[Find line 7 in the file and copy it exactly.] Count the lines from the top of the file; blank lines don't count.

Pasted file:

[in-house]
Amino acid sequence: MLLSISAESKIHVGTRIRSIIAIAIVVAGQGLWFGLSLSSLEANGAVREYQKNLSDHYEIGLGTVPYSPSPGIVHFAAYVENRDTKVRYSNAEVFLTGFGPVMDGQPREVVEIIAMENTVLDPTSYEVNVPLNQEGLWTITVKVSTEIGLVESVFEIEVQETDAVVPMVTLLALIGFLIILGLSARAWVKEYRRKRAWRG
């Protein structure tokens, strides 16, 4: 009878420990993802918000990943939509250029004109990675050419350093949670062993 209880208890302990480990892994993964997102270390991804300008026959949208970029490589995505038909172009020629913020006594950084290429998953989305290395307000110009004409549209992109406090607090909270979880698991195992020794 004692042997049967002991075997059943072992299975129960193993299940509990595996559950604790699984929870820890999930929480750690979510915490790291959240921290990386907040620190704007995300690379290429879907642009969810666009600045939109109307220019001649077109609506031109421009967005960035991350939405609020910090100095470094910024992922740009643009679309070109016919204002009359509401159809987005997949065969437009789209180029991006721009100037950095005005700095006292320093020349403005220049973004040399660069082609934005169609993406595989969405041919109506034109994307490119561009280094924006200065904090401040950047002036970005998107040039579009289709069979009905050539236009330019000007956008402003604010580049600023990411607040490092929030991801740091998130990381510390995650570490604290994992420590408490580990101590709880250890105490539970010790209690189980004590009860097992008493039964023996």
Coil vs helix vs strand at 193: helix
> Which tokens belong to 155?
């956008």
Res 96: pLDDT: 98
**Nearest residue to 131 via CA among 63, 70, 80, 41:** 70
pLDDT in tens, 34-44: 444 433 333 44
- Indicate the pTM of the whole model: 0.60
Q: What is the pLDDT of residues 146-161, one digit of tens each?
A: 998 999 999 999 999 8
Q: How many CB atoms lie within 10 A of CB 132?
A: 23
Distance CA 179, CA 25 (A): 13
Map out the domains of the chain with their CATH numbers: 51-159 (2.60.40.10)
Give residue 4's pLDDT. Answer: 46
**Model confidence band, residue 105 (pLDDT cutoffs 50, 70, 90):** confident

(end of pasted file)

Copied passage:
Res 96: pLDDT: 98